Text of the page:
Syed: Expecting a surge in demand for local businesses.
Local businesses to gain from gradual opening of tourism spots, says industry expert

As the country enters Phase 2 of efforts to ease Covid-19 restrictions today, many local businesses stand to gain from the government’s efforts to gradually open the economy, an expert in the travel and tourism industry has said. Earlier, various organisations in the country had announced that more leisure, recreational facilities are reopening from July 1. Tawfeeq Travel Group CEO Rehan Ali Syed told Gulf Times that gradual movements of people will be seen across the country following the move. Asked what this would mean for the tourism industry, specifically to its stakeholders in Qatar, in terms of helping them rebound from income losses, the absence of international and local tourists, and other challenges, Syed said: “With most of the entertainment and recreational facilities planned to open in the next two phases, we expect a surge in demand for local businesses.” He also said, “Everyone is keen to step out of their houses to spend some quality time together. With the directive from the Ministry of Public Health, we look forward to promoting staycations, dhow cruise excursion, the state-of-the-art Qatar Museum and Qatar National Library – something everyone in Qatar needs to explore.” In the current scenario, Syed said the global travel industry is expected to lose “$80bn in this fiscal year (2020).” Whilst the industry is going through a very difficult time, Syed stressed that it is important for the company to be prudent about cost, revisit operational processes, and being innovative about generating new revenue streams. “The industry partners are working closely with several organisations and governments to facilitate repartition of their nationals. Tawfeeq Travel has been working relentlessly to upgrade skill and expertise to ensure that we continue to develop and provide clients with unmatched service and products. Also, we forged a new relationship with American Express Global Business Travel as their official travel partner in Qatar,” Syed said. Asked to give a forecast on Qatar’s tourism industry after the final lifting of Covid-19 restrictions by September, Syed said: “Phase 4 is the time when we will have most of the restrictions lifted and then it all depends on the ease of travel restrictions into Qatar. Assuming business operations are back to normal, Syed noted that the country could expect “substantial increase” in demand from local and international tourists. “We are expecting to have the cruise season taking off in November; last year we had close to 250,000 tourists arriving in Doha through various cruise liners. The FIFA Club Championship planned towards the year end, as well as various other sporting events will also give a boost to inbound tourism into Qatar,” Syed explained. Despite the impact of the novel coronavirus pandemic on the global markets, Syed revealed that the company is continuing with expansion plans to open its 13th retail outlet on Salwa Road this July and the 14th outlet at the DECC Metro Station by September this year.

Charito Plaza., Greg Loayon. and Joseph Timothy Rivera.
Philippines eyes JVs, PPPs with Qatar in various sectors, says official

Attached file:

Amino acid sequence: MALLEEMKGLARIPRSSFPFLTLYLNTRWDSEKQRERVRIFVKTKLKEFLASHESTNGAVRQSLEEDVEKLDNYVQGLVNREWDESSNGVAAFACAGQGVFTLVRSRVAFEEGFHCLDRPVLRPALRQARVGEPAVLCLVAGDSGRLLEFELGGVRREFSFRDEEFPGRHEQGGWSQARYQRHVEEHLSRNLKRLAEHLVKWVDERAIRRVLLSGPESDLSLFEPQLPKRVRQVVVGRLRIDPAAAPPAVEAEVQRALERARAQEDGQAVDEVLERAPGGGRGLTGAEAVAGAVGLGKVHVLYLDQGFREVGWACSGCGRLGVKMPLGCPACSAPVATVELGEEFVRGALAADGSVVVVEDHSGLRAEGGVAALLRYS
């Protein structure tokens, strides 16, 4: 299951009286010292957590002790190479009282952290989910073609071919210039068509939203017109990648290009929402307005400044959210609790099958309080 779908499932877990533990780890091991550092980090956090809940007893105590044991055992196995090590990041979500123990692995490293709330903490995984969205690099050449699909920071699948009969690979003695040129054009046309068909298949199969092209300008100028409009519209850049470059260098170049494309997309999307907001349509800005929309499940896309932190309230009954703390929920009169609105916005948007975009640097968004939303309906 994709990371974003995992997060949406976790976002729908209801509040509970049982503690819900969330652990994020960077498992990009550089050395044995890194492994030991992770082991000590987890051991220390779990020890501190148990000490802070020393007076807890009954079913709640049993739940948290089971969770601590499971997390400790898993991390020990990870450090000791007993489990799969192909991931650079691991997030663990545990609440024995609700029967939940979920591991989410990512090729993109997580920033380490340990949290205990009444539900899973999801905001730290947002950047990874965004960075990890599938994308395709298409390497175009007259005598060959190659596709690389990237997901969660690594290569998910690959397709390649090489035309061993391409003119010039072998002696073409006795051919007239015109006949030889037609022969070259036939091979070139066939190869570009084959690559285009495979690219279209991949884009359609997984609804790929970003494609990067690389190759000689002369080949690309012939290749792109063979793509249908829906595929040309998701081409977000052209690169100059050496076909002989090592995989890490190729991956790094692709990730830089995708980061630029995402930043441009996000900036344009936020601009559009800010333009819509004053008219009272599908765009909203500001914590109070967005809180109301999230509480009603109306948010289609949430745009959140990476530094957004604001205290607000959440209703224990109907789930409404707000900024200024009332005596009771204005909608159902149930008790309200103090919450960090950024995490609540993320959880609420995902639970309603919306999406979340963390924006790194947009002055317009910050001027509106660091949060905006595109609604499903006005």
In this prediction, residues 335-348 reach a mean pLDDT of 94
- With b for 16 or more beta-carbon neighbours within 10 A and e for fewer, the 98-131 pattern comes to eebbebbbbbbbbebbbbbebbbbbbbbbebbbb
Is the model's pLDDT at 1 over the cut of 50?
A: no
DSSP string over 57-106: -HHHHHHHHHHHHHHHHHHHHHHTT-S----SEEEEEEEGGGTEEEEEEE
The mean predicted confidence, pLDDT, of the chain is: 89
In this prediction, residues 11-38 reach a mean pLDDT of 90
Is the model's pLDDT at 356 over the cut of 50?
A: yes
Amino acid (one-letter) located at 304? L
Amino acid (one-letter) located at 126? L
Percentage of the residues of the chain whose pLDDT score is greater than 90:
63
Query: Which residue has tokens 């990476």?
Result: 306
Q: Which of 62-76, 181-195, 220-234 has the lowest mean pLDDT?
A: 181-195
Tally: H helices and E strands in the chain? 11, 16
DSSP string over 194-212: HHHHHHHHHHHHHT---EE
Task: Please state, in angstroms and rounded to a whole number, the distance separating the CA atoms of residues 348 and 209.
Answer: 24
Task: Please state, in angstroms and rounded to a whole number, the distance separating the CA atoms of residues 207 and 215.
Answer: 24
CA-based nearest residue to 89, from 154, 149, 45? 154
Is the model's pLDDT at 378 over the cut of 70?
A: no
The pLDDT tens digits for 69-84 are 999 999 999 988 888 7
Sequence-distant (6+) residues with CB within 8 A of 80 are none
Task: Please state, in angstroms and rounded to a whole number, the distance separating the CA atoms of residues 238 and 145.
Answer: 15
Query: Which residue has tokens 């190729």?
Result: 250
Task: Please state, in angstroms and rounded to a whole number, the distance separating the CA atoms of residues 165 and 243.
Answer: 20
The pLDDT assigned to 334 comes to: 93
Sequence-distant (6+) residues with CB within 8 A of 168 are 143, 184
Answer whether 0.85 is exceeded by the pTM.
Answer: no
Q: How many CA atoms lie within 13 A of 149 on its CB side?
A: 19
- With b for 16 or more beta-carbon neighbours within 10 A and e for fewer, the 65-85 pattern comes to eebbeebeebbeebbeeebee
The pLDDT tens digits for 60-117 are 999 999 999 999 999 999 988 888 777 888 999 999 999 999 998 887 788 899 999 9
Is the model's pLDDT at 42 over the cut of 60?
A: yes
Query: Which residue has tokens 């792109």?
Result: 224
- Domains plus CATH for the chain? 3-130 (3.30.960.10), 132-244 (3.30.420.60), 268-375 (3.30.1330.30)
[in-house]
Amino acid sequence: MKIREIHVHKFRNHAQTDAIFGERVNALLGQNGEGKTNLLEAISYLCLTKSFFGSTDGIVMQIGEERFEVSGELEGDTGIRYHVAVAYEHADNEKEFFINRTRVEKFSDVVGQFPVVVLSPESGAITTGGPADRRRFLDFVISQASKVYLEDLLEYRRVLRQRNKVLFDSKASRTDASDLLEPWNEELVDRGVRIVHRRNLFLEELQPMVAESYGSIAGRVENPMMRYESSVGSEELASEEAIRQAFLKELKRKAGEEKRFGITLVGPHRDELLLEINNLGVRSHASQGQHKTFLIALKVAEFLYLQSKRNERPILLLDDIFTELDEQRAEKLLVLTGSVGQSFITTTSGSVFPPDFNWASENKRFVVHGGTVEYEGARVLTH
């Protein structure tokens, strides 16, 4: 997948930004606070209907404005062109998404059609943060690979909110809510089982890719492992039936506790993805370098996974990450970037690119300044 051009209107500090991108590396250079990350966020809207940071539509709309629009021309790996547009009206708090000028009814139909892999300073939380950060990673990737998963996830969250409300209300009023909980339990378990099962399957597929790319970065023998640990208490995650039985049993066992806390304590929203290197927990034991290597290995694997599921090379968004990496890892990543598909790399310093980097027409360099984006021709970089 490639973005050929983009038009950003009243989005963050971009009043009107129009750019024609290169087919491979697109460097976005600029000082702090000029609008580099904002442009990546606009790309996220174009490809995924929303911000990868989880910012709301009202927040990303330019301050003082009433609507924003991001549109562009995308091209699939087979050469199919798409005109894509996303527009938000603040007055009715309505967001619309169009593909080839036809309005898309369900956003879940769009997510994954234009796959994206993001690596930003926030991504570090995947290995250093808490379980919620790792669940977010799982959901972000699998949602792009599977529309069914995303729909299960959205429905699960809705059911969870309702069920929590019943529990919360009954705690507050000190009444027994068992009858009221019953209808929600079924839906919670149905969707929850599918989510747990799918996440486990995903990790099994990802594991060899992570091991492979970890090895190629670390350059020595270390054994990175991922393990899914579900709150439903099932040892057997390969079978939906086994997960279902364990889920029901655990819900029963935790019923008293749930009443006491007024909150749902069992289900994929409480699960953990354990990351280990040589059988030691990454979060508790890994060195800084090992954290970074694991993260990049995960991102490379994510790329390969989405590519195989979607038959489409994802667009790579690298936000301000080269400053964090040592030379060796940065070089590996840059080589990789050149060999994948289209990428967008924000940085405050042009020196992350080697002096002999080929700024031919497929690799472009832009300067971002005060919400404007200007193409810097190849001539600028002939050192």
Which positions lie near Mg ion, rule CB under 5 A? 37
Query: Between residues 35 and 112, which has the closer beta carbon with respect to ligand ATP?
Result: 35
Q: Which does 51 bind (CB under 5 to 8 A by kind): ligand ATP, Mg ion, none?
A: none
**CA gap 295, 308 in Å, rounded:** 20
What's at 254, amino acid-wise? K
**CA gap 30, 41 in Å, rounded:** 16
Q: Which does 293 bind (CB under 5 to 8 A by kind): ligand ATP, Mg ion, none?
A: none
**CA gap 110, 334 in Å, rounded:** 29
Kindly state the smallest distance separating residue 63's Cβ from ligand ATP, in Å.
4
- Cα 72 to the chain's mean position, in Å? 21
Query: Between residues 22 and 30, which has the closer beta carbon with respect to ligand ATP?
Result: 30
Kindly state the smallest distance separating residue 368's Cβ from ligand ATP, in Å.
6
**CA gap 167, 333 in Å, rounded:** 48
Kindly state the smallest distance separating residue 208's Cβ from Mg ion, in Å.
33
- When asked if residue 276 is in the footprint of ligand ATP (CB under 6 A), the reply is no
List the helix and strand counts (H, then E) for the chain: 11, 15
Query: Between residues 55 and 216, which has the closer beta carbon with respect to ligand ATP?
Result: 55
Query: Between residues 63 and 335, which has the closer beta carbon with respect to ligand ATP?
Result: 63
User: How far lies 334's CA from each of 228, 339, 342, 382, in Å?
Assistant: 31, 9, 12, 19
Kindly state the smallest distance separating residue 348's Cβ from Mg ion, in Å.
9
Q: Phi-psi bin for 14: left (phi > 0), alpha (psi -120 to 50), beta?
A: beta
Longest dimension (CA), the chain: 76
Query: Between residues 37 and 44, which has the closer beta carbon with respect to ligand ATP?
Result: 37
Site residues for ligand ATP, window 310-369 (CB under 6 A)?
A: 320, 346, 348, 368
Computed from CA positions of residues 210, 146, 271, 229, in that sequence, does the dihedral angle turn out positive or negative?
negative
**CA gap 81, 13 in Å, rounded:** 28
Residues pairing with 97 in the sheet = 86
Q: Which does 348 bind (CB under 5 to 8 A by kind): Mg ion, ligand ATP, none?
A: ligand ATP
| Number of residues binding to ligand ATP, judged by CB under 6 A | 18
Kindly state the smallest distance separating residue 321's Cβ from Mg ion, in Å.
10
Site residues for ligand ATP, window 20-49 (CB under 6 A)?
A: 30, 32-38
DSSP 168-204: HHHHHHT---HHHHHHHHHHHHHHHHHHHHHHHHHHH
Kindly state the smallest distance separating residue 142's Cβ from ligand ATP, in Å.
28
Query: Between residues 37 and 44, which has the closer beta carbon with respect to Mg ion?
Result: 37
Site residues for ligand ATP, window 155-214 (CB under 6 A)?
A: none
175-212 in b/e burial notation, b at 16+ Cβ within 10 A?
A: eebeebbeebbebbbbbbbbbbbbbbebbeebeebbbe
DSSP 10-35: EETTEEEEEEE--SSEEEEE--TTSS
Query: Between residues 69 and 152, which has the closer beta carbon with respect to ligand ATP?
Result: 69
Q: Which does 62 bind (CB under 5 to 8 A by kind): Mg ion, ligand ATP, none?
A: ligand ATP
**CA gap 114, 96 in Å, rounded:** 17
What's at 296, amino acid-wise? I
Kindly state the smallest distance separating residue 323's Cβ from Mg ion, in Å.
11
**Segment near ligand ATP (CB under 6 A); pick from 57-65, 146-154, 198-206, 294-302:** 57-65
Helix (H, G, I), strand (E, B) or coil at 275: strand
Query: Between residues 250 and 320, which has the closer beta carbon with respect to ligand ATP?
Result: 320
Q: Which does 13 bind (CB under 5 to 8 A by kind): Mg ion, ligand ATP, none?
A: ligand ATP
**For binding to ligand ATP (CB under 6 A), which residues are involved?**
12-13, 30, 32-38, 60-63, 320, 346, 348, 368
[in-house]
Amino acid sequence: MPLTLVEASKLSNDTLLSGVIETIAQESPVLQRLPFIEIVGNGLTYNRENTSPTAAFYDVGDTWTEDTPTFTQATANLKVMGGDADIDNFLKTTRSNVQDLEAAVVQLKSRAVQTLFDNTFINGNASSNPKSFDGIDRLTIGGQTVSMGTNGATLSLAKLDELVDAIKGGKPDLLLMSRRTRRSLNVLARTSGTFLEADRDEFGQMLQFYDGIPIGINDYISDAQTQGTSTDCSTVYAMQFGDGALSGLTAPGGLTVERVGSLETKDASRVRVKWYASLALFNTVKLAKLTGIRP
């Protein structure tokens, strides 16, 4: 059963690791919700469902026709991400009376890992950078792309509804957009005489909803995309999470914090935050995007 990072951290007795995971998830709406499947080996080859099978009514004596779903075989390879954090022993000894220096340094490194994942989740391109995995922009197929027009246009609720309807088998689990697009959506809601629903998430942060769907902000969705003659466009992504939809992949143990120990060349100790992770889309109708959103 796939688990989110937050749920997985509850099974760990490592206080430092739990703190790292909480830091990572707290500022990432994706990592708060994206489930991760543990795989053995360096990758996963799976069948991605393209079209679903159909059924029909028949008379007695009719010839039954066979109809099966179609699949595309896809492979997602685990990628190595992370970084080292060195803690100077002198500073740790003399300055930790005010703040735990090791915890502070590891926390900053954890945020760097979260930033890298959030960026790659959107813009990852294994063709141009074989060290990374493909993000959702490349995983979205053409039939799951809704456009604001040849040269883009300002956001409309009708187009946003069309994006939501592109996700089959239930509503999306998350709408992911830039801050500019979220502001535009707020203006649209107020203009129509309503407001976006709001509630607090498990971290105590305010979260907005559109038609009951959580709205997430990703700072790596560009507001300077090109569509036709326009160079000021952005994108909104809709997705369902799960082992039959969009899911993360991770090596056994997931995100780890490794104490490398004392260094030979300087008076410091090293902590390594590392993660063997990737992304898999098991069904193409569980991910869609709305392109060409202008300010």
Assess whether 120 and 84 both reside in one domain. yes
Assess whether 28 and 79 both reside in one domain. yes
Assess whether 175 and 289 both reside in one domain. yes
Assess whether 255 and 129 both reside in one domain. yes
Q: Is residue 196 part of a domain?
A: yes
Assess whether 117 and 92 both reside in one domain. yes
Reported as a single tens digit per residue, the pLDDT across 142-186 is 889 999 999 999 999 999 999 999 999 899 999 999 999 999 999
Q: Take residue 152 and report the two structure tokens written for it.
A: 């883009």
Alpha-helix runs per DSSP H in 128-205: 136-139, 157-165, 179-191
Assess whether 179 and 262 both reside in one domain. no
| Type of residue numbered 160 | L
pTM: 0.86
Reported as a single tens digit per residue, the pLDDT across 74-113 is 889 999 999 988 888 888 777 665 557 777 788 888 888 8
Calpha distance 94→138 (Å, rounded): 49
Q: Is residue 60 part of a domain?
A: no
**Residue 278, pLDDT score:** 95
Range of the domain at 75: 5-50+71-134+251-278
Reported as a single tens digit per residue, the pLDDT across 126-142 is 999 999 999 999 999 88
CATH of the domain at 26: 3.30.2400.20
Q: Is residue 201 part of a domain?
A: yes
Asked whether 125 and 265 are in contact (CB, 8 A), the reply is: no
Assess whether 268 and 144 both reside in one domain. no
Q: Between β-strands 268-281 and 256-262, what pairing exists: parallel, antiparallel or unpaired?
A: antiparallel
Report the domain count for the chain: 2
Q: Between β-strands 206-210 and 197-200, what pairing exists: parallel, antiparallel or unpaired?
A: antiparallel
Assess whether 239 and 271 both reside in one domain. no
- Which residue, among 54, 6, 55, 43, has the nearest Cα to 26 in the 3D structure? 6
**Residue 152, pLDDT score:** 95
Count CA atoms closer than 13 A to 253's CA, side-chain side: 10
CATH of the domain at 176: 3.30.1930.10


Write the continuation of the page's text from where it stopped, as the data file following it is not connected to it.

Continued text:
The Philippines is intensifying its commitment in forging robust trade and investment ties with its partners in the Middle East, such as Qatar, especially in the field of Islamic finance, among other sectors, an official of the Philippine Economic Zone Authority (Peza) has said. “We are encouraging Qatari investors to invest in Public-Private Partnerships (PPPs), Joint Ventures (JVs) and other modes of partnerships with the Philippines in building transportation, logistics, and manufacturing hubs that are halal-compliant,” Peza director general Charito Plaza told Gulf Times in an interview. On July 9, Plaza revealed that Peza will be leading a ‘Virtual Investment Promotions in Qatar’ in the presence of “potential investors from the State of Qatar,” in co-ordination with the Philippine Business Council-Qatar (PBC-Q), headed by Peza’s Investment Promotion Partners (IPP) Greg Loayon and Joseph Timothy Rivera. Plaza will deliver the keynote address during the webinar, which will be supported with special presentations from the Ateneo School of Government and PBC-Q, according to Rivera. “While business delegations and investment roadshows to and from the Philippines are being moved to later dates, Peza is now co-ordinating with the Philippine Commercial Attaché for the Middle East and the Philippine Embassy in Doha, led by Ambassador Alan Timbayan, for this webinar, which will tackle new investment opportunities and ecozone business continuity during Covid-19 to prospect foreign investors in Qatar,” Rivera said. “The Philippine Economic Zone Authority has renewed its confidence in Qatar’s investment market; just before the novel coronavirus (Covid-19) pandemic, one company from Qatar has registered with Peza,” he added. Plaza said, “Peza welcomes investments in halal hubs and the use of Islamic financial facilities from Qatar. Our leadership continues to attract investors in the country because of our incentives, which are tried, tested, and proven to be globally competitive. “It is Peza’s best practices, one-stop-shop, ease of doing business and tax incentives that are the strong factors that have been attracting foreign investors to the Philippines and export-oriented industries, aside from our rich natural and human resources.” She stressed that the Philippines is home to more than 10mn Muslim Filipinos, adding that “this is the time to explore opportunities and be innovative.” “In Peza, we would like to invite investors to put up halal hubs with financing facilities that are Shariah-compliant. A new development related to this is that President Rodrigo R Duterte signed into law Republic Act 11439, which allows foreign banks to operate an Islamic bank in the Philippines,” Plaza added.